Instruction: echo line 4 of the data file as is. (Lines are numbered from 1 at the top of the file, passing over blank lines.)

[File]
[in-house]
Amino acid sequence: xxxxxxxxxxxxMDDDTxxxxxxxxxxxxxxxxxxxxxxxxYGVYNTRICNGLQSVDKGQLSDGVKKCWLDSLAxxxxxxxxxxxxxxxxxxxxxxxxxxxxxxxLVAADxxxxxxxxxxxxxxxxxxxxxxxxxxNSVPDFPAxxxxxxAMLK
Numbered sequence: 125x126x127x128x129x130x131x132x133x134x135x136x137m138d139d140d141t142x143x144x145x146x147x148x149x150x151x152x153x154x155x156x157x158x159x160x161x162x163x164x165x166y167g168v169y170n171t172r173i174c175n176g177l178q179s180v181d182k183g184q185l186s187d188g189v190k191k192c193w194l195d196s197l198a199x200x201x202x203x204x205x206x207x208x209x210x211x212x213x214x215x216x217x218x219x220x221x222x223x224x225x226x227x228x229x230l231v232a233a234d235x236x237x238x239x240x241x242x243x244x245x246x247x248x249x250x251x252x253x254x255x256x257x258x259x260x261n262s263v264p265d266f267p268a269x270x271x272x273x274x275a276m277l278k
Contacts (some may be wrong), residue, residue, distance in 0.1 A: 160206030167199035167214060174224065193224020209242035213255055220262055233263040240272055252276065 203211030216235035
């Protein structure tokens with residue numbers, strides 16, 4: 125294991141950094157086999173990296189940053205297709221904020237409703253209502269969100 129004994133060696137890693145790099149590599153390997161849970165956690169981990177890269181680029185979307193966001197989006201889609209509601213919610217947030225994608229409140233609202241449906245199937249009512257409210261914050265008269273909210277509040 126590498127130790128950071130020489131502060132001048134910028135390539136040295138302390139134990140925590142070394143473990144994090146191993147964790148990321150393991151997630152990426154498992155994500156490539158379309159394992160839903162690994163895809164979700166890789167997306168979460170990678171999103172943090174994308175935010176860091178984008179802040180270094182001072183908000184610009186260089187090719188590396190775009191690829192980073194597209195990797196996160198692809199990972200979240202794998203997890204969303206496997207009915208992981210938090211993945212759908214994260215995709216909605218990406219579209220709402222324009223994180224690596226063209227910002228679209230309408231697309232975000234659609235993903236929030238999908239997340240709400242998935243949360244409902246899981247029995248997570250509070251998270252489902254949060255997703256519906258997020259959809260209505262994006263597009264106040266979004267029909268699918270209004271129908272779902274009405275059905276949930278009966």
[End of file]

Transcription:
Contacts (some may be wrong), residue, residue, distance in 0.1 A: 160206030167199035167214060174224065193224020209242035213255055220262055233263040240272055252276065 203211030216235035